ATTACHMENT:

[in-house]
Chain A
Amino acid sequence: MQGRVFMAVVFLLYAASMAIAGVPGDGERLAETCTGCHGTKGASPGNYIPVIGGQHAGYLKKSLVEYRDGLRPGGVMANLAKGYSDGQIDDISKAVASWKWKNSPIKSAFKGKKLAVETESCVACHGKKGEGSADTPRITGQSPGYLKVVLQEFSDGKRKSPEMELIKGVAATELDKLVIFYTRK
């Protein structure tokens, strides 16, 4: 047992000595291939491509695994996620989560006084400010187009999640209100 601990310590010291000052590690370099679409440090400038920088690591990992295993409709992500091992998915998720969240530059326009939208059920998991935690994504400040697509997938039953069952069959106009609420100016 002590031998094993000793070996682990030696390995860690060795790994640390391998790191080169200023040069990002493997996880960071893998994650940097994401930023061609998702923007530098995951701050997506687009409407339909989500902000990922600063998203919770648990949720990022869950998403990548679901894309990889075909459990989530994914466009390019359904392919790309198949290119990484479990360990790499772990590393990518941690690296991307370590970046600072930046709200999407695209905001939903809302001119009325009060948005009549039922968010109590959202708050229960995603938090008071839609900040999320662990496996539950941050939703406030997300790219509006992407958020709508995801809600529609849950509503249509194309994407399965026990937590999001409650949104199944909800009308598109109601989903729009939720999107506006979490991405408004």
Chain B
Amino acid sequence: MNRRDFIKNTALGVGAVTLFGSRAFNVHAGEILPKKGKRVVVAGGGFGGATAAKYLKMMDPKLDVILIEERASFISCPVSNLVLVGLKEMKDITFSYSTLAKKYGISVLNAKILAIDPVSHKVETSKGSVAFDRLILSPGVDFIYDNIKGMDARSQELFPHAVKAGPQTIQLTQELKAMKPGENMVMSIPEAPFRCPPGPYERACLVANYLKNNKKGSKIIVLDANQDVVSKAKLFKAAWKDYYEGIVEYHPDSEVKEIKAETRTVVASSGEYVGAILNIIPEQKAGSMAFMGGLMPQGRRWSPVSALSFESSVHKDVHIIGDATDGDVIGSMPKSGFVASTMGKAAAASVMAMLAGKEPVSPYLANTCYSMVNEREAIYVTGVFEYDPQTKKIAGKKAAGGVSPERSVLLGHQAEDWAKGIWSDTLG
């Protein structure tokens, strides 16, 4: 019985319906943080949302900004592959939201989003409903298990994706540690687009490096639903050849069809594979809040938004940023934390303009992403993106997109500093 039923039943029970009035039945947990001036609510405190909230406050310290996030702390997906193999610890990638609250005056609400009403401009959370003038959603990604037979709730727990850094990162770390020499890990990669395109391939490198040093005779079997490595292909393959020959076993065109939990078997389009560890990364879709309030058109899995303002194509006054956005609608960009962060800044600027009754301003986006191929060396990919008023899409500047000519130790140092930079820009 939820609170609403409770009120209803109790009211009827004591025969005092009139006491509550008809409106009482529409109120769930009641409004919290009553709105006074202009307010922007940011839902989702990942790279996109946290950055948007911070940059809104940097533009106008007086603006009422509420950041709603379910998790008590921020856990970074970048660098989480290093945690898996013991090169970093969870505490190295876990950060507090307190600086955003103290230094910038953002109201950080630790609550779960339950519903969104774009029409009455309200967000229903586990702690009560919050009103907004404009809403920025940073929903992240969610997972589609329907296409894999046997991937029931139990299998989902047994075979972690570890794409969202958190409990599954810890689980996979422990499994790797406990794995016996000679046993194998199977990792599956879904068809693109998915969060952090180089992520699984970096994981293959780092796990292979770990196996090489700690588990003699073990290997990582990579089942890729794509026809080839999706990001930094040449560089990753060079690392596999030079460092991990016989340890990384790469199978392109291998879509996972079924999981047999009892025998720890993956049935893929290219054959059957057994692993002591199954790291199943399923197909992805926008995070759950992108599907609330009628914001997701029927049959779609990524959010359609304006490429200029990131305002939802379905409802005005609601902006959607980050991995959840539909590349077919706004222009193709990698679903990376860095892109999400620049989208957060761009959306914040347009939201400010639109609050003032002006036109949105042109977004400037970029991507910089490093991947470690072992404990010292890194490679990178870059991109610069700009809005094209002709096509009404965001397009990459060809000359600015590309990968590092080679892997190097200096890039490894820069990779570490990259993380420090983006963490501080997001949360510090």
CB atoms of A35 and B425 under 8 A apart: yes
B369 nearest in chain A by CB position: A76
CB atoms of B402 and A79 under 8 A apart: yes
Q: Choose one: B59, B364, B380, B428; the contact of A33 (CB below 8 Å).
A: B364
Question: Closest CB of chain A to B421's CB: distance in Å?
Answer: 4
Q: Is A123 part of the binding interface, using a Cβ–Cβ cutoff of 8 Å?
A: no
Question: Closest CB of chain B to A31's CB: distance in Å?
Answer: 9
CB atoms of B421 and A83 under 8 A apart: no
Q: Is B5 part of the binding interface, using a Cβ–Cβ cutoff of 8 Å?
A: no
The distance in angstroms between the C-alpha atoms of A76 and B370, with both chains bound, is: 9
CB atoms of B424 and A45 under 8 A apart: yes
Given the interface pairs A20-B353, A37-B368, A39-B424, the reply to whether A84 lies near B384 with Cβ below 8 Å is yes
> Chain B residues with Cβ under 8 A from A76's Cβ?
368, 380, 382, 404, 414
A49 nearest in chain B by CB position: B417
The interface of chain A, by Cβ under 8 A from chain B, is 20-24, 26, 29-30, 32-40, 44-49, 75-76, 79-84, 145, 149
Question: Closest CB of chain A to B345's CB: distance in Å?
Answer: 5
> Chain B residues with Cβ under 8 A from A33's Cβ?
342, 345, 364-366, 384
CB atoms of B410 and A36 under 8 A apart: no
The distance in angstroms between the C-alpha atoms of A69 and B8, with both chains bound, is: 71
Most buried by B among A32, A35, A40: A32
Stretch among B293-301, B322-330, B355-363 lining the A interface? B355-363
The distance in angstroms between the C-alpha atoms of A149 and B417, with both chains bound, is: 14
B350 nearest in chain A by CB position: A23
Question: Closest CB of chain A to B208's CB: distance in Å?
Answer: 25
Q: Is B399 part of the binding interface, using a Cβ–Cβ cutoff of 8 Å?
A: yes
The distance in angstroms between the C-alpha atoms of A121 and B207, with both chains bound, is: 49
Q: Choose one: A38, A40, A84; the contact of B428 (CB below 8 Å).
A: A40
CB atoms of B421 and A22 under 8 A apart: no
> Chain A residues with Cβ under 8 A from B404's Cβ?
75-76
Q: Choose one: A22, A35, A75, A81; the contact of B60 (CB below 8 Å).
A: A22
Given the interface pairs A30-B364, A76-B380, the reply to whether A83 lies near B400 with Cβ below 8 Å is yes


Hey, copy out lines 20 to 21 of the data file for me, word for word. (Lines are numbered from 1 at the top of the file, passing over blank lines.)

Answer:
Q: Is B5 part of the binding interface, using a Cβ–Cβ cutoff of 8 Å?
A: no